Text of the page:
Fluid Values

Fluid only deals in FluidValue objects. Everything you inject into a scope will be converted into a FluidValue object. Indeed, the properties dictionary on Scope only holds FluidValue objects.

There’s a method on TemplateContext that takes a string and a FluidValue:

context.SetValue("name", StringValue.Create("Deane"));

(I know, I know – we haven’t been explicitly creating FluidValue objects in prior examples. We’ll explain this when we get to Value Convertors.)

Here are the built-in Fluid values:

Most of the provided classes have a private field for _value which holds whatever the original value was.

Fluid Values provide a common interface. Some highlights:

So long as you provide this functionality, you can create your own values. For example, if we wanted to value that wrapped a string and appended “ is awesome” to it when it output, we could do this:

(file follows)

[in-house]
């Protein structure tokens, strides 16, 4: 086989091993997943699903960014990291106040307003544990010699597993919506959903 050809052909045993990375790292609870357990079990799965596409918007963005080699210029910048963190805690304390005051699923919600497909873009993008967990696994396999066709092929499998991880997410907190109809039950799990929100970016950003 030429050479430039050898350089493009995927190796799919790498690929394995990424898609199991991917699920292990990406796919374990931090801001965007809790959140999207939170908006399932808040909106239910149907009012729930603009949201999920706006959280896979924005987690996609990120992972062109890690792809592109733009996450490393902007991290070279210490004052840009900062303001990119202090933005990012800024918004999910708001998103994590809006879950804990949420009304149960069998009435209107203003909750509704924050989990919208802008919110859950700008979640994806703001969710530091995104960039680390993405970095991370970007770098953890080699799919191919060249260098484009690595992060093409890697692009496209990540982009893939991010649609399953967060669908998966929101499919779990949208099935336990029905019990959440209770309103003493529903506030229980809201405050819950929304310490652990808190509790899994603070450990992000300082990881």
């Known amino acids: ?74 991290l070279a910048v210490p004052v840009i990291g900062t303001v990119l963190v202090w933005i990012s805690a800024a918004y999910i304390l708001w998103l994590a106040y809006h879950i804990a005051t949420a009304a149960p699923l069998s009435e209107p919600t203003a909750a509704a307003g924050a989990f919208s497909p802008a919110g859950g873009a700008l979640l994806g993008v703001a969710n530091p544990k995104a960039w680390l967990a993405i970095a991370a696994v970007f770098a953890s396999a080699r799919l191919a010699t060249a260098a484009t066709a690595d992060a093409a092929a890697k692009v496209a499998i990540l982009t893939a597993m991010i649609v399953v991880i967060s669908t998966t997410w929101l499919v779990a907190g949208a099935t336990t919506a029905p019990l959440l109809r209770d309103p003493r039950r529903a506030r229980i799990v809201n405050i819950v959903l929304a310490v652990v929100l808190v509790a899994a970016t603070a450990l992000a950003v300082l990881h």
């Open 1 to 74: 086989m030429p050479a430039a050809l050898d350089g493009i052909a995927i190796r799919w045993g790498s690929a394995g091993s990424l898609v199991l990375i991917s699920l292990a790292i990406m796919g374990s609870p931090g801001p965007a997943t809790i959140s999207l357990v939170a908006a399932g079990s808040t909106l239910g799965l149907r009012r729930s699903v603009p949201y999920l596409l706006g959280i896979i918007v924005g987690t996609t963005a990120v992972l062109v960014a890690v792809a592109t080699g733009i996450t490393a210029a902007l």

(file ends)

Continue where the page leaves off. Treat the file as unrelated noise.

public class AwesomeValue : FluidValue
  private string _value;
  public AwesomeValue(string value)
    _value = value;

  public override void WriteTo(TextWriter writer, TextEncoder encoder, CultureInfo cultureInfo) => writer.Write(ToStringValue());

  public override string ToStringValue() => $"{_value} is awesome";

  // We don't really care about any of this, but FluidValue is
  // abstract, so we have to override it all
  public override FluidValues Type => FluidValues.String;
  public override bool Equals(FluidValue other) => false;
  public override bool ToBooleanValue() => false;
  public override decimal ToNumberValue() => 0;
  public override object ToObjectValue() => ToStringValue();

When we set this value in the context –

context.SetValue("name", new AwesomeValue("Deane"));

– it will output this wherever it appears:

Deane is awesome

We pushed an AwesomeValue into the Context, and it was placed in the Scope. When a template finds it, the WriteTo method will create the desired output.

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